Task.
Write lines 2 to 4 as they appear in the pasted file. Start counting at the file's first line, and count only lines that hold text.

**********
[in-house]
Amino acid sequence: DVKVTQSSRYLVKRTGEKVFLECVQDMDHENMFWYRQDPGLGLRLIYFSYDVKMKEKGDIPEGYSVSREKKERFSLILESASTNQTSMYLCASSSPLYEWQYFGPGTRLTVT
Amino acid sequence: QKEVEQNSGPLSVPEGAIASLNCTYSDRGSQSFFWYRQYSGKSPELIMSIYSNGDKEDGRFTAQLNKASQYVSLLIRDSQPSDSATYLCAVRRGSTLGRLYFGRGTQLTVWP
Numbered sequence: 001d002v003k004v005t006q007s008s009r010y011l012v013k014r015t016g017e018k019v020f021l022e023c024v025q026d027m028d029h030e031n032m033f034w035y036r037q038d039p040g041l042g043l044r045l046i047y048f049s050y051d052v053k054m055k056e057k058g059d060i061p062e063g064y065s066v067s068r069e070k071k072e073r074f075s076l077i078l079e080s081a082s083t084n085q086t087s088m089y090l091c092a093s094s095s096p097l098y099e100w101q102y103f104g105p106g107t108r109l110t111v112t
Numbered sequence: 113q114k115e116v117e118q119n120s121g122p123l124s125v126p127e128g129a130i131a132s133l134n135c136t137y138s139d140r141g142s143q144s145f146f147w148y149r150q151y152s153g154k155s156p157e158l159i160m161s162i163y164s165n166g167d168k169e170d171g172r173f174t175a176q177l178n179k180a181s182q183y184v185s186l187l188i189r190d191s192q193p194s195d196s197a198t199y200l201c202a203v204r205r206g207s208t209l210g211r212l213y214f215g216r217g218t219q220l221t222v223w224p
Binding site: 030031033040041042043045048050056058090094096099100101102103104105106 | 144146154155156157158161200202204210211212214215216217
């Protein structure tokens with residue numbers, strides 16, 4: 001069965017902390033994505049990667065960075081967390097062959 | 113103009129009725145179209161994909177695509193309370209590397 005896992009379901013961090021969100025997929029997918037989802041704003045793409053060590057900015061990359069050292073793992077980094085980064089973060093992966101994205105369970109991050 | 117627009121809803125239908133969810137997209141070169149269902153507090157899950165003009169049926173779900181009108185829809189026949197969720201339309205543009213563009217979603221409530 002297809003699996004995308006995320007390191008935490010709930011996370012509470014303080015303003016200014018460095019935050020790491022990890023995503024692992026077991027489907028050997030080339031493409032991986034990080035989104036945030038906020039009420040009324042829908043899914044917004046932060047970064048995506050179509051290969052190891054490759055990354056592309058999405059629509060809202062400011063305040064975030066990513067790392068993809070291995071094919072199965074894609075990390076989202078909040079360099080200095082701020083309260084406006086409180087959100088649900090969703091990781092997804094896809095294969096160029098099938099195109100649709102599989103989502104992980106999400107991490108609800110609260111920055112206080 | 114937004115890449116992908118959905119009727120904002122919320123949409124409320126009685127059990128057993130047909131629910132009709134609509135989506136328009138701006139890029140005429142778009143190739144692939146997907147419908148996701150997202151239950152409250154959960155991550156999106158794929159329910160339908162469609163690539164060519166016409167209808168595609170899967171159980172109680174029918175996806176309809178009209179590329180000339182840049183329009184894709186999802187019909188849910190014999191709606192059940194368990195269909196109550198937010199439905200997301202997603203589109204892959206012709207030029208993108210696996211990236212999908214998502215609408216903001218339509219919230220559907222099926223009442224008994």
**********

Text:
Amino acid sequence: DVKVTQSSRYLVKRTGEKVFLECVQDMDHENMFWYRQDPGLGLRLIYFSYDVKMKEKGDIPEGYSVSREKKERFSLILESASTNQTSMYLCASSSPLYEWQYFGPGTRLTVT
Amino acid sequence: QKEVEQNSGPLSVPEGAIASLNCTYSDRGSQSFFWYRQYSGKSPELIMSIYSNGDKEDGRFTAQLNKASQYVSLLIRDSQPSDSATYLCAVRRGSTLGRLYFGRGTQLTVWP
Numbered sequence: 001d002v003k004v005t006q007s008s009r010y011l012v013k014r015t016g017e018k019v020f021l022e023c024v025q026d027m028d029h030e031n032m033f034w035y036r037q038d039p040g041l042g043l044r045l046i047y048f049s050y051d052v053k054m055k056e057k058g059d060i061p062e063g064y065s066v067s068r069e070k071k072e073r074f075s076l077i078l079e080s081a082s083t084n085q086t087s088m089y090l091c092a093s094s095s096p097l098y099e100w101q102y103f104g105p106g107t108r109l110t111v112t